This photo was taken after the only operational drop of Israeli paratroopers. It took place during the 1956 Suez war, at the "Mitle" passage in the Sini peninsula.
The original black and white photo was take by Avraham Vered, the "Israeli Robert Capa".
A war photographer for the "Ba'machane" army jurnal, who later received a medal of courage for his work.
The photo shows troops from the 890 battalion getting ready for the upcoming fight wich took the lives of 49 soldiers. The landing of the paratroopers at the "Mitle" was the opening act of this war. Later on this parachuting maneuver was criticized as unnecessary action that could have been avoided.
In honor of Israel's 9th independence day, an all star "Hapoel Israel" team of soccer players came to Brookline NY to play against the "NY all star" team.
The honorary kickwas given to Marilyn Monroe.
Before preforming here kick Marilyn Monroe circled Ebbets Field stadium in a car escorted by boy scouts troops and Yaacov hodorov, the Israel team golly.
This photo is my colorized version of an original black and white photo.
My colors where based on other color photos taken during this event.
This photo was a part of my Israel's 70th independence celebrations, special project by the Israeli major newspaper "Yediot Aharonot"
This is the original photo taken by Eliyahoo Atar.
This photo was taken almost at the same time as my colorized photo
Here are some more photos from that same event and a description of what took place that day in May 12, 1957 at Ebbets Field against the New York Stars team.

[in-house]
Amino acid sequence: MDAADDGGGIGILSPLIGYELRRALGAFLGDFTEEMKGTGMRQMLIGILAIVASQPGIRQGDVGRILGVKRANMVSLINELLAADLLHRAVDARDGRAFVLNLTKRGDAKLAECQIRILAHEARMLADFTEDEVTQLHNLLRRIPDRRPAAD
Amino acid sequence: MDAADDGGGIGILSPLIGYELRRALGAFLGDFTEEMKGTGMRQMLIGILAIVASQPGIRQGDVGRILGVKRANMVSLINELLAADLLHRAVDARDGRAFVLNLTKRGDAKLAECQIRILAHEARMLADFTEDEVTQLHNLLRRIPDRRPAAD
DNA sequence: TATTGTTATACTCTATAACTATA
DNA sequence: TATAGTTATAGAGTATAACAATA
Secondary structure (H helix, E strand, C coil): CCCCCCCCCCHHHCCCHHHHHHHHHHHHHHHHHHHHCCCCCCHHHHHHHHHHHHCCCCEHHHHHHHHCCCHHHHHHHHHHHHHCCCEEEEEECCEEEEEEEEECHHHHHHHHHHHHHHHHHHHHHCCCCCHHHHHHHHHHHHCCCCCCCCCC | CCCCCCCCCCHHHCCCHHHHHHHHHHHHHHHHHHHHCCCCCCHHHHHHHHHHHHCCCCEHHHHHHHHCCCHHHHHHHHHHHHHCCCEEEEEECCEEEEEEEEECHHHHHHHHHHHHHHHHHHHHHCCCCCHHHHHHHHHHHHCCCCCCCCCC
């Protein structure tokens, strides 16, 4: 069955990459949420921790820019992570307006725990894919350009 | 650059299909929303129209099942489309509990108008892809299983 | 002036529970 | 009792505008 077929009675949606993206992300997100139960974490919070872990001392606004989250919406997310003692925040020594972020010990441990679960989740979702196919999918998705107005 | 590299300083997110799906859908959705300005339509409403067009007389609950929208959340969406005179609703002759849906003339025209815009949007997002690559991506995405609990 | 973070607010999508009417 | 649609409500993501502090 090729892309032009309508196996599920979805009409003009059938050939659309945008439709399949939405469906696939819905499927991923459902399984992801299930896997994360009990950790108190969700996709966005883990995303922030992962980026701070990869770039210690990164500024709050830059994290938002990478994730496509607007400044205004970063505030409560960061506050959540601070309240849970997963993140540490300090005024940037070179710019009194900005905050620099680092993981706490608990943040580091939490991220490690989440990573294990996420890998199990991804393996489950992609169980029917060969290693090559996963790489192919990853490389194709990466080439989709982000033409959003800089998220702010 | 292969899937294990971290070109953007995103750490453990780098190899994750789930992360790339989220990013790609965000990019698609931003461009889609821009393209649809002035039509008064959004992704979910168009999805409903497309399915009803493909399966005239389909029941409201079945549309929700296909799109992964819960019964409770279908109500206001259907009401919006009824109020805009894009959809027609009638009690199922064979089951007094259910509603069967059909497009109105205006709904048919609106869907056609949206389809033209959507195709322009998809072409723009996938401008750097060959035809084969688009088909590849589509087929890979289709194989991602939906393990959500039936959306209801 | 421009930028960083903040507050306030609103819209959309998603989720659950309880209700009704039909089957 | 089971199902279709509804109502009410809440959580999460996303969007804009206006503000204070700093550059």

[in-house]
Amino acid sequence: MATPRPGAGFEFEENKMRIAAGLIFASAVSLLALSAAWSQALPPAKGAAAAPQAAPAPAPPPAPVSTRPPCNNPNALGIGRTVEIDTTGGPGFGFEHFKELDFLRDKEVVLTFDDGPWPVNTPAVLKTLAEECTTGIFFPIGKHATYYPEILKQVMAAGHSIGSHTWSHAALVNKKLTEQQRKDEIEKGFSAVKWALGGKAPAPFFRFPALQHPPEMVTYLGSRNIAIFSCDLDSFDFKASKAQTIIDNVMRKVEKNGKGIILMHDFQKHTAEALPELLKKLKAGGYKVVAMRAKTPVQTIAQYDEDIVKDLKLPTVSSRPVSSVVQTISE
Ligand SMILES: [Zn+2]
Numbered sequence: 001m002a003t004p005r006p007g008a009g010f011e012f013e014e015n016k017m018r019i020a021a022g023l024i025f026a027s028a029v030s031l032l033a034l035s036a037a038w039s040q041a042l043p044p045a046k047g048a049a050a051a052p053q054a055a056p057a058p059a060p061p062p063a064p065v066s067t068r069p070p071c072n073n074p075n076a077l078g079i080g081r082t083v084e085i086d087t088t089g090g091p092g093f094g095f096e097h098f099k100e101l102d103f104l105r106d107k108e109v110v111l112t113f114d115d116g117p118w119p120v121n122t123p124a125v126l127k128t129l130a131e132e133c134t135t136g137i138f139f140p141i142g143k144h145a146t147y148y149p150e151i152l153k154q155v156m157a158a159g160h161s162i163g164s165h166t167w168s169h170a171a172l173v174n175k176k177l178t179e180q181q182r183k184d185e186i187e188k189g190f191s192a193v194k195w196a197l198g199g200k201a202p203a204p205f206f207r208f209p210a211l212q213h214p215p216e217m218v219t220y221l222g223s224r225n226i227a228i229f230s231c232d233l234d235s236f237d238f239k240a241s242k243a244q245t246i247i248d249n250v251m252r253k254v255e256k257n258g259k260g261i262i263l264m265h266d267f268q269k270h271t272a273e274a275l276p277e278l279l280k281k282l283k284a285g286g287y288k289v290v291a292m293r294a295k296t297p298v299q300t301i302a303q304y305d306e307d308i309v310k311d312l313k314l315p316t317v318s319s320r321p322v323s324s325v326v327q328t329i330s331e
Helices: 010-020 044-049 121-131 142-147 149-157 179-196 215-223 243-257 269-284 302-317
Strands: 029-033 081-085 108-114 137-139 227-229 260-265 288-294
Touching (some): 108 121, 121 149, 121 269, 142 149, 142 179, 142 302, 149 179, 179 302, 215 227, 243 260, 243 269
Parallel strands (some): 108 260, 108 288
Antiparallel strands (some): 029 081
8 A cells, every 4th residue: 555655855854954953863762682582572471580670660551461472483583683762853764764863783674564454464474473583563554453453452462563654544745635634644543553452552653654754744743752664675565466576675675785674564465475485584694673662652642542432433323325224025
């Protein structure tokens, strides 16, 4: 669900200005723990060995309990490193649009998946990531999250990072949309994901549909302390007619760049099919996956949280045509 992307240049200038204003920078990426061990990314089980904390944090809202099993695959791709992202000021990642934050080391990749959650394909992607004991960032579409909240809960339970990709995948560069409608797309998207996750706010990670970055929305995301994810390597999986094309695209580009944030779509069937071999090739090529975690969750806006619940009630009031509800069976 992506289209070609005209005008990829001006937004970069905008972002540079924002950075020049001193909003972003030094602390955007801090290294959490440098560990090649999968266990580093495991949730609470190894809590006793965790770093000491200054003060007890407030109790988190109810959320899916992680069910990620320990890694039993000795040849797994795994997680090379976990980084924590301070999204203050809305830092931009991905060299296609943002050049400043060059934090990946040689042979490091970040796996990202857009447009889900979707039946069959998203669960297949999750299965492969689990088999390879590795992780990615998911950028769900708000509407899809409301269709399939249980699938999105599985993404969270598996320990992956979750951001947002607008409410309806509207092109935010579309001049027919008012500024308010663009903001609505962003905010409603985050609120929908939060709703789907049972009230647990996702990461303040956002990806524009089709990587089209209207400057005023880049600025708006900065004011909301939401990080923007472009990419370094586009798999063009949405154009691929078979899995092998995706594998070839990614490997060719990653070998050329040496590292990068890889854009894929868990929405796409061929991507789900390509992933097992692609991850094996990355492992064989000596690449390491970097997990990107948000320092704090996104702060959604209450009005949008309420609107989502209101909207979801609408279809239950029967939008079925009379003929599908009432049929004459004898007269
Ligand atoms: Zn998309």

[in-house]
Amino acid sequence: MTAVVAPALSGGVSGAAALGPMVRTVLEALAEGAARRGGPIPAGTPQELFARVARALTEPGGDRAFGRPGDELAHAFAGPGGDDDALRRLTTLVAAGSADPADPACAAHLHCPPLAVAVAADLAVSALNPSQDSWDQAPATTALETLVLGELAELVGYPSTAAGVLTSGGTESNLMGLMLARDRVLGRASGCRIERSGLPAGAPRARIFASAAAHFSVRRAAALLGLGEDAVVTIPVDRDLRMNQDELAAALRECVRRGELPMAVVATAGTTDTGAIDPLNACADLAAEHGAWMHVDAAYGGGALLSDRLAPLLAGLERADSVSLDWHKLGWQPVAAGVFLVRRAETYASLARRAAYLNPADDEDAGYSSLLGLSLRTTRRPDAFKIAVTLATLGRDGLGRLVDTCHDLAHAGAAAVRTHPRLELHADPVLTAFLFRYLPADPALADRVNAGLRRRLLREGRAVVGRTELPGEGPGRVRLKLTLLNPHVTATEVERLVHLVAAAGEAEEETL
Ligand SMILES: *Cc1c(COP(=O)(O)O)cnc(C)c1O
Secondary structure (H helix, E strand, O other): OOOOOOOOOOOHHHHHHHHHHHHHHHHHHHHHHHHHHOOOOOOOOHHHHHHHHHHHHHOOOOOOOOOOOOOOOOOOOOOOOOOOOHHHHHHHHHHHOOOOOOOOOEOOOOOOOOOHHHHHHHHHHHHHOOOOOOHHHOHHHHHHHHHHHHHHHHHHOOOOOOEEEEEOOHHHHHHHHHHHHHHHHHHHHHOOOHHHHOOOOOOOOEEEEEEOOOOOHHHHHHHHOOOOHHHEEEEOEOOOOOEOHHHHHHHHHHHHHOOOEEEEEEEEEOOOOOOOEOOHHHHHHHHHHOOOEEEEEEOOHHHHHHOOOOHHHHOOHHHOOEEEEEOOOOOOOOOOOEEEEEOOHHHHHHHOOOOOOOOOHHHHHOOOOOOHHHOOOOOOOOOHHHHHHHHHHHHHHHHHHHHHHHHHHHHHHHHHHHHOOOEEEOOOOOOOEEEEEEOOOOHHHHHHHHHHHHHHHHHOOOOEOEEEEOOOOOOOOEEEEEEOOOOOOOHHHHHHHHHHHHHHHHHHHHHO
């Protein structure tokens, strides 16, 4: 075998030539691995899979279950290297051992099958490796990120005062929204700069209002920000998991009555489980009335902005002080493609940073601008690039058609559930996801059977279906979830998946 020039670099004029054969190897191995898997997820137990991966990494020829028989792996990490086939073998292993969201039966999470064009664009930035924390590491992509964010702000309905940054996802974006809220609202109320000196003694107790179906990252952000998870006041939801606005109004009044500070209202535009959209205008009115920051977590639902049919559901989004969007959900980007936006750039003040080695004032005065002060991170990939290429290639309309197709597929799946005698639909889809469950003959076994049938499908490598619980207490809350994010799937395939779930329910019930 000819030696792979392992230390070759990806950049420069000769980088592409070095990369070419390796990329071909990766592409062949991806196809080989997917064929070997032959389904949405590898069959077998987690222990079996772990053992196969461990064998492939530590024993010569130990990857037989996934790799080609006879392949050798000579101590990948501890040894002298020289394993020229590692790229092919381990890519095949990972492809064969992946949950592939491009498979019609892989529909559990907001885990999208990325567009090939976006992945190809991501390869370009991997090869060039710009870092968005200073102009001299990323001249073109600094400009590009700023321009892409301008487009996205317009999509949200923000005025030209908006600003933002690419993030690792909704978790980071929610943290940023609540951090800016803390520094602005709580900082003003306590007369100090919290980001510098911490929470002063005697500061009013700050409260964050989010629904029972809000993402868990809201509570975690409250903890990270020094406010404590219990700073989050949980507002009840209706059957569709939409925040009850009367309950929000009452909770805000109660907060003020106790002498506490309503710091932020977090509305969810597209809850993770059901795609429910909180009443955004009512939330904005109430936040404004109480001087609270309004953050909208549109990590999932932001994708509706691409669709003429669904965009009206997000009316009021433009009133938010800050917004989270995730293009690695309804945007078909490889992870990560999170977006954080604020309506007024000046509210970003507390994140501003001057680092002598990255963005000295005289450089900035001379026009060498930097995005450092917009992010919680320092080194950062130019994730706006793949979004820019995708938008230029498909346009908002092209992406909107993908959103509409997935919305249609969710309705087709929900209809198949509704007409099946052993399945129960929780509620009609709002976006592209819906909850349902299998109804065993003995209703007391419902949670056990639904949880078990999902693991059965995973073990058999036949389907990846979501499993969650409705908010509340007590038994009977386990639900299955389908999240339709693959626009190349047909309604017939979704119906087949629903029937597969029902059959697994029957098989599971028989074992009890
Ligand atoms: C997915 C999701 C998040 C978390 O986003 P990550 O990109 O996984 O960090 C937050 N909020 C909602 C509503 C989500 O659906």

Some 45,000 spectators - most of them Jewish - turned out to watch and were in their seats more than three hours before the kickoff.
A special ceremony celebrating Israel's ninth Independence Day preceded the game as the Hapoel players were driven around the stadium several times in Cadillac limousines.
Yaakov Hodorov was particularly lucky, being seated as he was, next to Marilyn Monroe. Not one to let the occasion pass him by, he used the time to talk to the screen star, sending the journalists' cameras flashing. The spectacular parade included a march-by by the boy scouts, the NYPD, and firefighters, New York mayor Robert Wagner, Brooklyn borough president John Cashmore and three congressmen: Republicans Javitz and Ives and Democrat Carroll. The parade also included delegations from the Italian-U.S. and Irish-U.S. organizations, colleges and war veterans, but the loudest cheer was saved for Israel's ambassador, Abba Eban.
Marilyn Monroe had the honor of kicking the match off - and did so three times for the benefit of the throng of photographers who were present. And it was an impressive kickoff at that; with her hair blowing in the breeze, sleeves rolled up, Monroe gave the ball a sharp right-footed kick.
The game then got under way with referee William Smolberg flanked by captains Hodorov and America's Eddie Vaterem.
The Israelis played in the following lineup: Hodorov, Zinovich, Mordechovich, Lefkowitz, Zilberstein, Haldi, Blut, Stelmach, Koffman, Rosenboim and Nahari.
The Americans' most notable player was Terry Sprinthorpe of English club Wolverhampton Wanderers who split from his teammates when the club had toured the U.S., deciding to stay behind in the Big Apple rather than to return to the grimy, industrial surroundings of Wolverhampton in the English Midlands.
The American midfield was also bolstered by two Brazilian players, Stefo and Petpet, but the crowd was overawed by Hodorov's long goal kicks. Sprinthorpe was not the only player to stay behind in the U.S: Israel's Zinovich also split from his teammates and settled there, becoming a leading rocket scientist.